President Obama’s State of the Union speech was billed as an address that would focus heavily on jobs and the economy, while presenting Congress with an ultimatum: take action to improve the economy or I will, through executive actions. But that’s not how the speech played out. Its emotional core was Obama’s stirring peroration on gun violence that came toward the end. And its signature characteristic wasn’t threats or arm-twisting, but Obama’s repeatedly imploring Congress to vote on the whole array of issues he laid out: gun legislation, climate legislation, alternatives to the sequester, universal preschool, and on and on — it was a long list.
Obama’s Jan. 21st inaugural address was criticized by Republicans and some media commentators for its strident, often confrontational tone and unapologetic embrace of a liberal agenda. Right off the top on Tuesday night, Obama seemed to acknowledge this critique by agreeing that the deficit must be reduced (a Republican priority) and pointedly offering concessions that make liberals nervous, such as reforming Medicare. “On Medicare, I’m prepared to enact reforms that will achieve the same amount of health care savings by the beginning of the next decade as the reforms proposed by the bipartisan Simpson-Bowles commission,” he said.
His other main point of business was heading off the automatic sequestration cuts that could shave a half point of growth from the economy if allowed to kick in two weeks from now. Once again, Obama strained to appear reasonable: “Let’s set party interests aside, and work to pass a budget that replaces reckless cuts with smart savings and wise investments in our future.”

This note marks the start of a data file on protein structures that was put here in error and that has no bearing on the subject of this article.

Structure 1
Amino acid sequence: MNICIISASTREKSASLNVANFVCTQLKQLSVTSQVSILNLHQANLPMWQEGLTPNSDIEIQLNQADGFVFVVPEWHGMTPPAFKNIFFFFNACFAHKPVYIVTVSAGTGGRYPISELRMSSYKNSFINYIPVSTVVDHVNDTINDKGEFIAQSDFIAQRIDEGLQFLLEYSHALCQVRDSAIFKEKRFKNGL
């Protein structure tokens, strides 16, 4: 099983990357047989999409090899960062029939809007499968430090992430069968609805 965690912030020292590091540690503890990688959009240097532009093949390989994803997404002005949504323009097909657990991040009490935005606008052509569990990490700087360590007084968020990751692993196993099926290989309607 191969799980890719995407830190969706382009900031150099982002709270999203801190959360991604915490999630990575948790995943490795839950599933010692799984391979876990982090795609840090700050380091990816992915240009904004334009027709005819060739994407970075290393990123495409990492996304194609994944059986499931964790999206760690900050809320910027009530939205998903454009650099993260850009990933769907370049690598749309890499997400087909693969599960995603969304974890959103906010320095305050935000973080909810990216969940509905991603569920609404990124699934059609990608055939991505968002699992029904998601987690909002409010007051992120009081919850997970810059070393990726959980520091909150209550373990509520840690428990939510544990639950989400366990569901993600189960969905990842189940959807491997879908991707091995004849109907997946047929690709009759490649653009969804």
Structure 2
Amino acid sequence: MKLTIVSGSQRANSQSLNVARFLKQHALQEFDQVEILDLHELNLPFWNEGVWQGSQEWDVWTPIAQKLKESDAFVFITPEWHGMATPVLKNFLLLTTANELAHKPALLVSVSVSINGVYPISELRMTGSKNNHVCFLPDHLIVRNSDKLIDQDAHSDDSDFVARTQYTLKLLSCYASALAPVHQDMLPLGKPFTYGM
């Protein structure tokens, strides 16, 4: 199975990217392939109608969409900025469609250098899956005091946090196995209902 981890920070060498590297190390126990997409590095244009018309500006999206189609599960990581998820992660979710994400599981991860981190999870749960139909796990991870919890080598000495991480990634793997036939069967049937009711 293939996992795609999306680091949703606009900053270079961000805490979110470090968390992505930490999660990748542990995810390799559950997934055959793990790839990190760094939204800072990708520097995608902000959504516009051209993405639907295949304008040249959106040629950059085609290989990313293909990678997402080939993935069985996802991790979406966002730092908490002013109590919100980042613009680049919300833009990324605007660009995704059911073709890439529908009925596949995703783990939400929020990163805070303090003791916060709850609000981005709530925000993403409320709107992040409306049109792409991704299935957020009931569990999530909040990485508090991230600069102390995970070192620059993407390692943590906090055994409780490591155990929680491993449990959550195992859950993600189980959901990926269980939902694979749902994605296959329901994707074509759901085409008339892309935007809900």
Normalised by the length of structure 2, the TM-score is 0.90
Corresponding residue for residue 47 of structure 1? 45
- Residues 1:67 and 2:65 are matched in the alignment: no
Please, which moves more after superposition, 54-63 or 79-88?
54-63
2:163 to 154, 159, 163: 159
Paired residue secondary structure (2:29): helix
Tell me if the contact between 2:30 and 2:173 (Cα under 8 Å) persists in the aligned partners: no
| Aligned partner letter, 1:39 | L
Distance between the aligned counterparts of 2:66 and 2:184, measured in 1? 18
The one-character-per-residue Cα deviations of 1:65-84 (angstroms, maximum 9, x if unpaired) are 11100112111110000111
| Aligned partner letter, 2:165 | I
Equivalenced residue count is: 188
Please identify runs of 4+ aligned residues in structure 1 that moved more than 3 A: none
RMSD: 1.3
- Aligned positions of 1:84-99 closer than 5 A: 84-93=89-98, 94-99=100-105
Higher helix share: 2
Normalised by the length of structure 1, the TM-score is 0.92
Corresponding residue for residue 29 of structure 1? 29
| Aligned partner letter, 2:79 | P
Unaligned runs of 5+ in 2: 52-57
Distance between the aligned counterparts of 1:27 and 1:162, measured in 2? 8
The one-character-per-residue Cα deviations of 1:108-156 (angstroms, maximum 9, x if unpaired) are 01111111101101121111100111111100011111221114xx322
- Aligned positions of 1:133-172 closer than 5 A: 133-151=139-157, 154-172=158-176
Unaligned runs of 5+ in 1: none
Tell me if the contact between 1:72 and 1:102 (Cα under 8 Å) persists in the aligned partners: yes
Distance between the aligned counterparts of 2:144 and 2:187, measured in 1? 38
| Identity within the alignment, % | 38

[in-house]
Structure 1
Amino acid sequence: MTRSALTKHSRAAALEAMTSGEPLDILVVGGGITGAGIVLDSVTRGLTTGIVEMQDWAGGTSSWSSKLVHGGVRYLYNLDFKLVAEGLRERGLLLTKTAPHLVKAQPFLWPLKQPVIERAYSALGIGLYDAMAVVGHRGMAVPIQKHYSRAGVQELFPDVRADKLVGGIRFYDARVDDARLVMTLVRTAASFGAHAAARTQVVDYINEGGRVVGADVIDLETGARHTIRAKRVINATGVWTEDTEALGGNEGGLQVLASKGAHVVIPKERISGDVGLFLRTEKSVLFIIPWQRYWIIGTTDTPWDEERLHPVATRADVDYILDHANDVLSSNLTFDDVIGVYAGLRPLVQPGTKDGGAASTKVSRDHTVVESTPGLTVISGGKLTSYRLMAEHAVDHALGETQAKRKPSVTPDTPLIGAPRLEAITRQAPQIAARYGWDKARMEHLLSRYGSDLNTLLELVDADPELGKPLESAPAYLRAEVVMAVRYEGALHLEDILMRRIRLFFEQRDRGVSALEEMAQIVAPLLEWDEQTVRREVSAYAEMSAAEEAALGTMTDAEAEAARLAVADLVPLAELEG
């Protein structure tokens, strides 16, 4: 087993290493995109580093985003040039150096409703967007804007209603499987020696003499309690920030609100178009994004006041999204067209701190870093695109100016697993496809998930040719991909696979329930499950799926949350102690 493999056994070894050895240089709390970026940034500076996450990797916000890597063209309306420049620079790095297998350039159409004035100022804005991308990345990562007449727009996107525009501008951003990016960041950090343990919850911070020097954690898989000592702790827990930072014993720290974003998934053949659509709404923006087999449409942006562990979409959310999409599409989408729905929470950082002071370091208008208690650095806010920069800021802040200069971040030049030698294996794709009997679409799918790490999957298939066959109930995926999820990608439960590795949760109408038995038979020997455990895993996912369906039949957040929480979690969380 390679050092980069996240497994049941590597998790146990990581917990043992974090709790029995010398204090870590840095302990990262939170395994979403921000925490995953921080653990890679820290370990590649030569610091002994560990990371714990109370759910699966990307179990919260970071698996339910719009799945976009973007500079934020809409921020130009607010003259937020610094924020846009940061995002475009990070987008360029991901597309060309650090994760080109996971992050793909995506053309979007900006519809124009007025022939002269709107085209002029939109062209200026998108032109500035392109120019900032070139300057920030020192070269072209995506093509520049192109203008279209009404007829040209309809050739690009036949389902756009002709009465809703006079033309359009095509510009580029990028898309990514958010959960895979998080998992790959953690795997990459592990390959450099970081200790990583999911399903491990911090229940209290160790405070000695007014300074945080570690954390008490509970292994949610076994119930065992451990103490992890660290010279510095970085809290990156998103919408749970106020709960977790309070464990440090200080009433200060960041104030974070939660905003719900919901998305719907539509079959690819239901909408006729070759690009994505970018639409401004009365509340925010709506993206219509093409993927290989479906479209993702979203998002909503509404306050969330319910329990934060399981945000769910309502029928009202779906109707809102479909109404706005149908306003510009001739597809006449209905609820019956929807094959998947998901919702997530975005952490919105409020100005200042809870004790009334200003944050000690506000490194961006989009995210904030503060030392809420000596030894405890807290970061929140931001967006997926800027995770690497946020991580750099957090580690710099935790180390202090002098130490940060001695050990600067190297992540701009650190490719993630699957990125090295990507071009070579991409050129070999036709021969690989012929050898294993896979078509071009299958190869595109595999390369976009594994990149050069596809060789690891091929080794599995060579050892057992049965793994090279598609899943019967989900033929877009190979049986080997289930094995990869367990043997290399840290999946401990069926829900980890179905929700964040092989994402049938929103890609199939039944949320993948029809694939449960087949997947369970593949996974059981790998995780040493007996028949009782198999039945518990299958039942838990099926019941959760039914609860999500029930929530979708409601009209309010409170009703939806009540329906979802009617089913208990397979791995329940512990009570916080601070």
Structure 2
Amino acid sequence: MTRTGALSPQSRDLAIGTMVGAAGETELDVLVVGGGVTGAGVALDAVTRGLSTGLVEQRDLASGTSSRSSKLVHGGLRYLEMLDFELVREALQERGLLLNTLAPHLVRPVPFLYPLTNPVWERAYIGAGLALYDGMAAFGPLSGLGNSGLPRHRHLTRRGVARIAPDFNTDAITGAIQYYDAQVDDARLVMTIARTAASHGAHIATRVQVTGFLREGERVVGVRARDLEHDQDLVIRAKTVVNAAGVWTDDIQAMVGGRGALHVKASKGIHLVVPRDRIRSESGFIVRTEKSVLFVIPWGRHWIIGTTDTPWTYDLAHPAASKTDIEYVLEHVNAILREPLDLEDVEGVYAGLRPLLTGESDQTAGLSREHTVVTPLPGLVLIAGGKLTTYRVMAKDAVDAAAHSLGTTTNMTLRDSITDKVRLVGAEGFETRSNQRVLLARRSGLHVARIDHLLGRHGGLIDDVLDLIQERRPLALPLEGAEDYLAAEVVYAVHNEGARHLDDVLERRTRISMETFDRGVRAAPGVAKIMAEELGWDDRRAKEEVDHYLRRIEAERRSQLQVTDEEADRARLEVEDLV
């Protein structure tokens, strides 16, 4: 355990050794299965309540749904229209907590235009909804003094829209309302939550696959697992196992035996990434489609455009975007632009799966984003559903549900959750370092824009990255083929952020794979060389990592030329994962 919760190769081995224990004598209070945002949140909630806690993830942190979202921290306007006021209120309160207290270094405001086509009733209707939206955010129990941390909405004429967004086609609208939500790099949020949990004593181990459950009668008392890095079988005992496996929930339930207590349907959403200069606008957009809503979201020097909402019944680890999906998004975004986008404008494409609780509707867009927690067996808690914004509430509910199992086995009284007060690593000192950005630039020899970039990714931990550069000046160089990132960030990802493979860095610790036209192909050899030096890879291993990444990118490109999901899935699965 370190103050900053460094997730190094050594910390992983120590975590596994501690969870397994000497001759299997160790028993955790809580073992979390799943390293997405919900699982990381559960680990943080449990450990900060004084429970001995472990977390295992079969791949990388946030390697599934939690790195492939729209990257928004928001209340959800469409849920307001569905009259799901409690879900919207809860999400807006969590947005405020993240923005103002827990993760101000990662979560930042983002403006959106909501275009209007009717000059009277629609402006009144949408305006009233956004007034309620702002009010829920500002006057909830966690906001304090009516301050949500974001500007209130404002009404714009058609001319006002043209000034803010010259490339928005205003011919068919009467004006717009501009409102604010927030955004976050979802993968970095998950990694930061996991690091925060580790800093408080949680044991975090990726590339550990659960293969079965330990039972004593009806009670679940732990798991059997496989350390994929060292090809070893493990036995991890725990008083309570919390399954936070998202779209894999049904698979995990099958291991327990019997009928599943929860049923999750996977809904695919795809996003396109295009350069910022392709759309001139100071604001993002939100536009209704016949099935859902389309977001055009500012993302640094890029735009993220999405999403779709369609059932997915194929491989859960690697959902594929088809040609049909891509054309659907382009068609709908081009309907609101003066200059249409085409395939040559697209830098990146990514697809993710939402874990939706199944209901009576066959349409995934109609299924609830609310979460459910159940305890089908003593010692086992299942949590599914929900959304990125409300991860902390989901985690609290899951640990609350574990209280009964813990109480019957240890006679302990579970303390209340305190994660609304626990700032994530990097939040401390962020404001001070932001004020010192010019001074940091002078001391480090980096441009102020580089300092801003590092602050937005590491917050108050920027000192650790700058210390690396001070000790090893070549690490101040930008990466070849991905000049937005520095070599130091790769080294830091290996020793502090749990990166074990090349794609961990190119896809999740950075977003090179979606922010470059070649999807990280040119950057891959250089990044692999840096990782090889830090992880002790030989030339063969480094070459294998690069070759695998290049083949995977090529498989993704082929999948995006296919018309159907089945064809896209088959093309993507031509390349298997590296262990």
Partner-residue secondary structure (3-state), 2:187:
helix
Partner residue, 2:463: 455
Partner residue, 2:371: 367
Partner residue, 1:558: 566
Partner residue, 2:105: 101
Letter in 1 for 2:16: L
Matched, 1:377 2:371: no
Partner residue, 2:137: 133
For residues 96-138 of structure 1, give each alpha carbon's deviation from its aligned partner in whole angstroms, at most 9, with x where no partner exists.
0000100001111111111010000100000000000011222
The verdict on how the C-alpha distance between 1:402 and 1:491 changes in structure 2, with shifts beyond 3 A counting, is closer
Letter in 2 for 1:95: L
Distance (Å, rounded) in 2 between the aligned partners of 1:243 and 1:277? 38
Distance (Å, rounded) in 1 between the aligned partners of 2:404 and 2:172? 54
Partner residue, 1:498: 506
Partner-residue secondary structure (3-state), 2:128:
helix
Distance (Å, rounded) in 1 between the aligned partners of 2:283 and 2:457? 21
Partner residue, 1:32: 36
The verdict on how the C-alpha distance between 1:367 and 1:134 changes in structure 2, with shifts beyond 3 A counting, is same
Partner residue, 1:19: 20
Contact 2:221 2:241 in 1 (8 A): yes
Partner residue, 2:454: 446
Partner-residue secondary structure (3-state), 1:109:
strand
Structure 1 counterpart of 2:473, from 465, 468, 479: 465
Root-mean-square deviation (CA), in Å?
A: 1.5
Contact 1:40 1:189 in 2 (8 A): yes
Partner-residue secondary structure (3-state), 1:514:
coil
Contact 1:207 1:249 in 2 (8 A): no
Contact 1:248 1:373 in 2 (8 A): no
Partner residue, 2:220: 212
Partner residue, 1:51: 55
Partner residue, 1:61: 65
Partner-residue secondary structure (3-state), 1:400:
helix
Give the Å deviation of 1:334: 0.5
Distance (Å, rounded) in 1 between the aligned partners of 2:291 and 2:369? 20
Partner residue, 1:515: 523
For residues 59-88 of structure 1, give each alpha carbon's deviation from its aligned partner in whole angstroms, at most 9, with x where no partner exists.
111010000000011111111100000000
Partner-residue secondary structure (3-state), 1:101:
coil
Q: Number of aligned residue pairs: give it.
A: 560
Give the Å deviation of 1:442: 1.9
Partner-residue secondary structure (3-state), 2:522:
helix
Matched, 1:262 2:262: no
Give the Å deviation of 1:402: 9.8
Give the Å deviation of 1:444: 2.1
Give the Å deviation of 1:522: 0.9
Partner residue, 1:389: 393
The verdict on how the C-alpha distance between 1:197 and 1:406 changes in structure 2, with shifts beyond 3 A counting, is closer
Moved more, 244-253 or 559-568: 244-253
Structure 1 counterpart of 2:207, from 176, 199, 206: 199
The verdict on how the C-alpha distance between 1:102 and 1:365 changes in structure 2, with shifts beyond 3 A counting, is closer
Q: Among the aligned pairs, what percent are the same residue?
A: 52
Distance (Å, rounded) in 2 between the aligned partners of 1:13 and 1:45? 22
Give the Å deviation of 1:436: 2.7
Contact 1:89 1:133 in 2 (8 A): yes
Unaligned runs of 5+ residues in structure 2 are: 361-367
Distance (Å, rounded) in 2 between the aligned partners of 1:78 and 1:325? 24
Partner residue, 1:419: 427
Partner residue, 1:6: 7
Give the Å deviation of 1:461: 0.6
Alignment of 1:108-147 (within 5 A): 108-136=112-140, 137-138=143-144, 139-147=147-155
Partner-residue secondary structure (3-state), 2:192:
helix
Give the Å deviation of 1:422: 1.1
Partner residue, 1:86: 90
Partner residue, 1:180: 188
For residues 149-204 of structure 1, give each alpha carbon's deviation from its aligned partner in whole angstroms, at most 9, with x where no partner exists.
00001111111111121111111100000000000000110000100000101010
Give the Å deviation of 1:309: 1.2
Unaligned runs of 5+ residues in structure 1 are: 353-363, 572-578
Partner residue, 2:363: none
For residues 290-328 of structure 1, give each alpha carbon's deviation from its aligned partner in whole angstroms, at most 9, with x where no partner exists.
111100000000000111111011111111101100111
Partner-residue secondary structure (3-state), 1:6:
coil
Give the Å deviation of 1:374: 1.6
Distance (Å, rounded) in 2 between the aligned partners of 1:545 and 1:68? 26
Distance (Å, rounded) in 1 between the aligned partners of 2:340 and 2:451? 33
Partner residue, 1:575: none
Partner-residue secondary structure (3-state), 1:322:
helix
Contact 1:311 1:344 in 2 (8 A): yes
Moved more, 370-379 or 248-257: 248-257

But most of Obama’s speech was given over to a Clinton-style laundry list of policy proposals — many of which had a distinctly liberal flair:
–An increase in the minimum wage to $9 an hour.
–A cap-and-trade program to limit carbon emissions.
–New infrastructure spending of the sort Democrats have been pushing for years.
What many of these policies share in common is that they’re designed to help the minorities, immigrants, young people, and suburban women who made up Obama’s electoral coalition. Partly as a result, they’re also unlikely to get very far in Congress. As Larry Sabato, the director of the University of Virginia’s Center for Politics, tweeted: “This isn’t just a laundry list. It’s a wish list. And most wishes won’t come true.”
Indeed, for all its unexpected ambition, this wasn’t a speech that’s likely to drive the legislative agenda in Congress. (There’s a reason Obama’s tone was imploring, rather than commanding.) But presidential speeches rarely do. Instead, Obama echoed and amplified the liberal worldview that he laid out on Jan. 21st. He set benchmarks and goals. He came across as reasonable and committed to the greater good.
He’s expected to spend much of the next six weeks on the road pushing his ideas. Tonight’s speech was part of a long-term effort to shift public opinion in his direction — which, in the end, is the only way to move Congress.